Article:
Aditya MadanapalleDec 19, 2017 12:12:10 IST
On 16 December, a two-stage Falcon 9 Rocket basted off from Launch Complex 40 at the Cape Canaveral Air Force Station, NASA's rocket launch facility. The rocket was carrying the Dragon resupply craft, with supplies and scientific payloads meant for the International Space Station (ISS). On 17 December, the robotic CanadArm was used to capture the Dragon, and dock the resupply craft with the ISS.
The CRS-13 mission was the thirteenth commercial resupply mission to the ISS by SpaceX. The Dragon will leave the Space Station in January 2018, and return to Earth with about 1630 kg of experiments and supplies. There are four spacecraft currently docked with the space station, the SpaceX Dragon, the Progress 67 and Progress 68 resupply ships, and the Soyuz Ms-06 which ferried three crew members to the ISS on 17 December. Also attached to the space station is the BEAM expandable habitat by Bigelow Aerospace, which entered into an extended testing period.
The SpaceX Dragon had on board more than 2100 kg of supplies and payloads to the station. The important experiments have many applications in space and promise to help advance multiple fields even on Earth. Some of the important experiments on board are outlined below.
Fiber optics made in space
The experiment will investigate the benefits of manufacturing fiber optic cables in microgravity. The optical material used for the experiment will be ZBLAN, a heavy metal fluoride glass, which is believed to be superior to the silicon used for the manufacture of most conventional fiber optic cables. If the process proves to provide higher quality products, the experiment could pave the way for large-scale manufacturing of fiber optics in space. The experiment is designed by a company called Made in Space and sponsored by the Center for Advancement of Science in Space (CASIS).
ZBLAN is commonly used to make fiber optic glass, but not fiber optic cables. When ZBLAN solidifies on Earth, the atomic structure of the glass leads to the formation of crystals. Scientists believe that when the material is solidified in space, then not as many crystals would be formed. If this is true, then ZBLAN would lead to a higher quality optic cable as compared to the silica-based ones. The payload is a locker-sized unit that requires power and data, but no additional interaction with the crew. The crew will have to transfer and install the locker-sized experiments, as well as remove it for sending the payload back to Earth. The planned duration of the experiment is 20 days.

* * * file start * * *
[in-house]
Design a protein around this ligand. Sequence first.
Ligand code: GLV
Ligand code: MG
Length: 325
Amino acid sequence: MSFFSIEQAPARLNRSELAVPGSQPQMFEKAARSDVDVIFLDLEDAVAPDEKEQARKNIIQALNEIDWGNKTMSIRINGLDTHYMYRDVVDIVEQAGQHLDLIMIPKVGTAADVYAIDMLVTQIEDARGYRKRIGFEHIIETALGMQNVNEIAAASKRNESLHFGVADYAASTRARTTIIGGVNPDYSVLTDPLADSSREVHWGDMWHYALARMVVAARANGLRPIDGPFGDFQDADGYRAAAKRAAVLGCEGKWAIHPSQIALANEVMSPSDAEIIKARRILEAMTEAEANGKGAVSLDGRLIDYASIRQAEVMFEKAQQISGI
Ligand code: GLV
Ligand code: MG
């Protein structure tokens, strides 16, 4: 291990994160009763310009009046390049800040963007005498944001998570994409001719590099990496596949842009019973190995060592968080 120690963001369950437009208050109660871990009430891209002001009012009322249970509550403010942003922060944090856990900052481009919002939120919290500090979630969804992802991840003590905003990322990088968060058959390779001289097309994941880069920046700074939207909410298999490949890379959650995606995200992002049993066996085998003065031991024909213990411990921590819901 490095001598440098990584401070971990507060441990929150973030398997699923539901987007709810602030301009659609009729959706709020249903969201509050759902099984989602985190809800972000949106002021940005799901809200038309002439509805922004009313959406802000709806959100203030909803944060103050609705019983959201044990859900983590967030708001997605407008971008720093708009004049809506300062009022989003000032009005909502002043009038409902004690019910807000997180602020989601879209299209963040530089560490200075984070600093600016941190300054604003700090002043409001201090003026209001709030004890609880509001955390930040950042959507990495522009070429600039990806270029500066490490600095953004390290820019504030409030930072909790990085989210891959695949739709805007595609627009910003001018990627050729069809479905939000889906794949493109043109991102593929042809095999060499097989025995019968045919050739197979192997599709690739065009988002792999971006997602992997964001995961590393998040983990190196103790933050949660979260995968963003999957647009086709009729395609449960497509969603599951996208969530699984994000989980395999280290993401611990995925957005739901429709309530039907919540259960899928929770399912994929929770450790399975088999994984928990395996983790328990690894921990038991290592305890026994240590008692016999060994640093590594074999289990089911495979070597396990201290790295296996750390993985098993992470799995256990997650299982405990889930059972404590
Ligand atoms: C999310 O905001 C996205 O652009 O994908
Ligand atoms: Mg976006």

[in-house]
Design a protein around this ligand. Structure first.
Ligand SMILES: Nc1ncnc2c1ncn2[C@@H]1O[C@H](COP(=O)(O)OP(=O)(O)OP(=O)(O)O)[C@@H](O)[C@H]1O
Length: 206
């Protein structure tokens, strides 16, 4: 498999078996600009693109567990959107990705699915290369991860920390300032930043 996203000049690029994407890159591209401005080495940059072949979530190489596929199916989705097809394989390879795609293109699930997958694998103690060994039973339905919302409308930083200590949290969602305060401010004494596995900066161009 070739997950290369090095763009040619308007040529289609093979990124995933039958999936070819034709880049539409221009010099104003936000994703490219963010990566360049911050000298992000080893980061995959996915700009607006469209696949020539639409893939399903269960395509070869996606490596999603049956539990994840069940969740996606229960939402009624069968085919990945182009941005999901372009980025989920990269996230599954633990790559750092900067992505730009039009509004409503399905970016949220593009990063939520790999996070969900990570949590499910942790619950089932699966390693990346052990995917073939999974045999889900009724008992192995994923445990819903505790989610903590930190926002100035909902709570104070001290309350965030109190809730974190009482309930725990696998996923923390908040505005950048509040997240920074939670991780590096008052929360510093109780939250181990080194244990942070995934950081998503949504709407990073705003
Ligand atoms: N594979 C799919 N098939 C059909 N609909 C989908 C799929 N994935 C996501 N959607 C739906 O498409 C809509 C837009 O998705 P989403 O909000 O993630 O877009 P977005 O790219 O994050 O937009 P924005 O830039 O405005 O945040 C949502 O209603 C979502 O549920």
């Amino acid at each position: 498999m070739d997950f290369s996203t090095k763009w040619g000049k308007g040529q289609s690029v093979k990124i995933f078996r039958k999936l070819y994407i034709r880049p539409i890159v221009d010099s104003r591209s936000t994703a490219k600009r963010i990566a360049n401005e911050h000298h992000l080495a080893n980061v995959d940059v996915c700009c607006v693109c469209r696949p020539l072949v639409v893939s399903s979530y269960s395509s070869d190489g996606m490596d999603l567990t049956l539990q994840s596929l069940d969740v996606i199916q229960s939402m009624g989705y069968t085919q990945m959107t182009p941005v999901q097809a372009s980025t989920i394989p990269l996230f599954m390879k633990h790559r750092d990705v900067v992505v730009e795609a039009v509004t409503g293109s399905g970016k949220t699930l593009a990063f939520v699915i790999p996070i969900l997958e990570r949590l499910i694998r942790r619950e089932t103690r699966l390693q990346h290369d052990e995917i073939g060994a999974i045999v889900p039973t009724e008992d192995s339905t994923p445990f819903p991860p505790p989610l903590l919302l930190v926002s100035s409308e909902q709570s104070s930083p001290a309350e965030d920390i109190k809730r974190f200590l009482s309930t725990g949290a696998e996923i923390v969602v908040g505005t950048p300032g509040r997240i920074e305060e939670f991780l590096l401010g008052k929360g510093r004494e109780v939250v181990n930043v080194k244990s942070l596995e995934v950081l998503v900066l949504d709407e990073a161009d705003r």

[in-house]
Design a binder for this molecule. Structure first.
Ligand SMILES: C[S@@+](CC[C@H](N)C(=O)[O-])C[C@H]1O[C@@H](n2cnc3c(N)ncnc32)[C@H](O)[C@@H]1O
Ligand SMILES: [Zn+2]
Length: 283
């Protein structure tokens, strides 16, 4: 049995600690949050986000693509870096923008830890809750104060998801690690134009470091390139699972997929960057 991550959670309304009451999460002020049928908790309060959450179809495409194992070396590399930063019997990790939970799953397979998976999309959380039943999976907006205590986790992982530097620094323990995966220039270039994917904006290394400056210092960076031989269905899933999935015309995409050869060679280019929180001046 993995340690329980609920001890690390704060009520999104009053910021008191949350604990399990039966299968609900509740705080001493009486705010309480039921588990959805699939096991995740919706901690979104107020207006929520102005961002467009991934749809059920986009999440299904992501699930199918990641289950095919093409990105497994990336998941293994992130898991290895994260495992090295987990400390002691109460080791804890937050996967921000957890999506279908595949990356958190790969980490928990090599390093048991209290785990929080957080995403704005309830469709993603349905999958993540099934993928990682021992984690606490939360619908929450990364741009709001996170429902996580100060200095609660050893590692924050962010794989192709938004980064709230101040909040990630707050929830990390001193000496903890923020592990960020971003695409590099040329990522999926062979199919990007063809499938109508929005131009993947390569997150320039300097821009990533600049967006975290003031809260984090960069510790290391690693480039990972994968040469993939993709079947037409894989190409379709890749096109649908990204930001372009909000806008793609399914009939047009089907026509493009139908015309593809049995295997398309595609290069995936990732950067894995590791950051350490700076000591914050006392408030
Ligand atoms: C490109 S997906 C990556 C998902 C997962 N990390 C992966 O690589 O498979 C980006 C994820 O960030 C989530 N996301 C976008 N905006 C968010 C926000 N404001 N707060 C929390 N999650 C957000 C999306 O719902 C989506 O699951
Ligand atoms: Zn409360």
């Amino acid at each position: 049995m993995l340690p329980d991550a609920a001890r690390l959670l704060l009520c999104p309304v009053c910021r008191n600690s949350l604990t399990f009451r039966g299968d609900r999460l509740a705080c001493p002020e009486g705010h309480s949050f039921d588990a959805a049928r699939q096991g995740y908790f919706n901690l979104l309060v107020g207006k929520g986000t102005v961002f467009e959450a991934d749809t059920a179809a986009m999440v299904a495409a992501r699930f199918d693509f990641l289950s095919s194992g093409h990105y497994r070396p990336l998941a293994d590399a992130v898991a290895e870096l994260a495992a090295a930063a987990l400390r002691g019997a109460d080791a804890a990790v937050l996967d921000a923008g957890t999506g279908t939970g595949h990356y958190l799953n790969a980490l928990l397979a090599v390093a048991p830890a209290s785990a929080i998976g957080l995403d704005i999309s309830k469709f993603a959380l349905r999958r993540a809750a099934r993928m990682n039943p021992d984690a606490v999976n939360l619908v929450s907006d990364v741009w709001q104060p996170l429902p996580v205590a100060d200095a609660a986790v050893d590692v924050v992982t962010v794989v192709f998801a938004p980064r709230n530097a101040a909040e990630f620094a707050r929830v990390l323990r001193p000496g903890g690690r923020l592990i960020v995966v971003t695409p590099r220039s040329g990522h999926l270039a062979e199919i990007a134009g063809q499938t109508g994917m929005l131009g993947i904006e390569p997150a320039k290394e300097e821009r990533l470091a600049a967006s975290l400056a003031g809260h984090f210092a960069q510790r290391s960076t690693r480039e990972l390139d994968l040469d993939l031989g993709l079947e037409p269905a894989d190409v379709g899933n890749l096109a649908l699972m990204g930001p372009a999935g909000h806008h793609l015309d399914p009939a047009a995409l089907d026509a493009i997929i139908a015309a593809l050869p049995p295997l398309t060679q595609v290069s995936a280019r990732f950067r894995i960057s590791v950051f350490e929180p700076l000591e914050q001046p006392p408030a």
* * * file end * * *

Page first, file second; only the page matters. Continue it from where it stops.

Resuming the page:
The @SpaceX #Dragon resupply ship loaded with new science experiments was captured at 5:57am ET as the station orbited above Australia and New Guinea. https://t.co/v8qYkysswI pic.twitter.com/J2tIWAhqxU
— Intl. Space Station (@Space_Station) December 17, 2017
The first step for brewing beer on Mars
Anheuser-Busch, a US-based brewing company has taken the initial steps towards its commitment on making Budweiser the first beer to be brewed on Mars. On board the Dragon are 20 barley seeds, that will be in orbit for approximately a month. The seeds are housed within self-contained shoe box sized laboratories, known as Tango CubeLabs. One box will explore barley exposure to a microgravity environment, and the other will conduct experiments related to germination. Once returned to Earth, scientists will study the seeds to understand the effects of a microgravity environment on barley.